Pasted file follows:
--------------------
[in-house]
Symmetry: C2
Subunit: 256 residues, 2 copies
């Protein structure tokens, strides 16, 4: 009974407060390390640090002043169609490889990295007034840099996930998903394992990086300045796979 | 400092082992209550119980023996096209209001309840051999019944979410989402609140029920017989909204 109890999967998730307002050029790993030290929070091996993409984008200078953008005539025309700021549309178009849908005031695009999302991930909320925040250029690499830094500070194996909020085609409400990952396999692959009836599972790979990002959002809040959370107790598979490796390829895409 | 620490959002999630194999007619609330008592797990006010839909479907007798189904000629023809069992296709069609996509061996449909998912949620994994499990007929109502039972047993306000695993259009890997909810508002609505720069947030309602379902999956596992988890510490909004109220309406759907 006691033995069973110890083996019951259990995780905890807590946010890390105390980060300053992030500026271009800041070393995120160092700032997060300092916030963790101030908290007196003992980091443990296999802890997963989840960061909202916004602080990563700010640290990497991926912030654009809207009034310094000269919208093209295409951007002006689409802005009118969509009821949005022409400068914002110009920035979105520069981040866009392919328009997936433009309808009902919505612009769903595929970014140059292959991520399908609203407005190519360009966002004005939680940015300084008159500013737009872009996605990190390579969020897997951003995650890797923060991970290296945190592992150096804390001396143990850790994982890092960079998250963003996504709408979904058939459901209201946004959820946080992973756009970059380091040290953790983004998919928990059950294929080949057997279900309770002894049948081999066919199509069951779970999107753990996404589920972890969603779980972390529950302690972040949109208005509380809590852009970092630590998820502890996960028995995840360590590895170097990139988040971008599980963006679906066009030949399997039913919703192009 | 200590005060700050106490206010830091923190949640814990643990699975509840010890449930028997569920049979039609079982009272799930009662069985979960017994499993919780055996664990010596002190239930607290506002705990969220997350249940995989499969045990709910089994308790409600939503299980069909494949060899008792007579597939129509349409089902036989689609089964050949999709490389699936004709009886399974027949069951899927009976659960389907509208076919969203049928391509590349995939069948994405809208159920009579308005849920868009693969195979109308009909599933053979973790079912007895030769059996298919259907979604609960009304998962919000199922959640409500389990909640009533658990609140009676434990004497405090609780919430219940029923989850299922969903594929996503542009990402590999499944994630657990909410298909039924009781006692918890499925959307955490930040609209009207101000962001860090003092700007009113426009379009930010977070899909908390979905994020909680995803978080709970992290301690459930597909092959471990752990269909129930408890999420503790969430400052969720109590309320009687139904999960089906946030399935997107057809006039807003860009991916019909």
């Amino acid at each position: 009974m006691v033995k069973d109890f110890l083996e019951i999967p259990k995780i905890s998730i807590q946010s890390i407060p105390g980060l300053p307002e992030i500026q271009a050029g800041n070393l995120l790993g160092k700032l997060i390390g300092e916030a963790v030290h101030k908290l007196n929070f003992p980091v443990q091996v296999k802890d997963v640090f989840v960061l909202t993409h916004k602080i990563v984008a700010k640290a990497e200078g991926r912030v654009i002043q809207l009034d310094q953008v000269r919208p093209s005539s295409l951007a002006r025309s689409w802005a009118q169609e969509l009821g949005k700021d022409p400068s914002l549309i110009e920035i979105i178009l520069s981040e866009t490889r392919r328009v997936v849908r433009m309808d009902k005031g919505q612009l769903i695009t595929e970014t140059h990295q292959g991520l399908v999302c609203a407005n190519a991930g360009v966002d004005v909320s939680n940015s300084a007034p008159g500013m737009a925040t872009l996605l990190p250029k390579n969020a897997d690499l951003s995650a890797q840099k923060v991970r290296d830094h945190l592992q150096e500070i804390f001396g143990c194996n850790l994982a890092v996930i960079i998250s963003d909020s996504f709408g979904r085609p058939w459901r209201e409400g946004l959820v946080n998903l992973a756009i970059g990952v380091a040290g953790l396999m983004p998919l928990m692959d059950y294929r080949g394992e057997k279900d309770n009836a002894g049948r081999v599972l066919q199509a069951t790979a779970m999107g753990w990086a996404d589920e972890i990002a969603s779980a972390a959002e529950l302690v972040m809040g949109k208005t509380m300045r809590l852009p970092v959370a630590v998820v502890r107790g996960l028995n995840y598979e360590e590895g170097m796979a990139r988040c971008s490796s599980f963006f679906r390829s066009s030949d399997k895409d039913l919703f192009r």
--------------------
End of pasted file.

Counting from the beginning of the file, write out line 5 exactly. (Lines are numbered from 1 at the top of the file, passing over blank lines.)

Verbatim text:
């Amino acid at each position: 009974m006691v033995k069973d109890f110890l083996e019951i999967p259990k995780i905890s998730i807590q946010s890390i407060p105390g980060l300053p307002e992030i500026q271009a050029g800041n070393l995120l790993g160092k700032l997060i390390g300092e916030a963790v030290h101030k908290l007196n929070f003992p980091v443990q091996v296999k802890d997963v640090f989840v960061l909202t993409h916004k602080i990563v984008a700010k640290a990497e200078g991926r912030v654009i002043q809207l009034d310094q953008v000269r919208p093209s005539s295409l951007a002006r025309s689409w802005a009118q169609e969509l009821g949005k700021d022409p400068s914002l549309i110009e920035i979105i178009l520069s981040e866009t490889r392919r328009v997936v849908r433009m309808d009902k005031g919505q612009l769903i695009t595929e970014t140059h990295q292959g991520l399908v999302c609203a407005n190519a991930g360009v966002d004005v909320s939680n940015s300084a007034p008159g500013m737009a925040t872009l996605l990190p250029k390579n969020a897997d690499l951003s995650a890797q840099k923060v991970r290296d830094h945190l592992q150096e500070i804390f001396g143990c194996n850790l994982a890092v996930i960079i998250s963003d909020s996504f709408g979904r085609p058939w459901r209201e409400g946004l959820v946080n998903l992973a756009i970059g990952v380091a040290g953790l396999m983004p998919l928990m692959d059950y294929r080949g394992e057997k279900d309770n009836a002894g049948r081999v599972l066919q199509a069951t790979a779970m999107g753990w990086a996404d589920e972890i990002a969603s779980a972390a959002e529950l302690v972040m809040g949109k208005t509380m300045r809590l852009p970092v959370a630590v998820v502890r107790g996960l028995n995840y598979e360590e590895g170097m796979a990139r988040c971008s490796s599980f963006f679906r390829s066009s030949d399997k895409d039913l919703f192009r």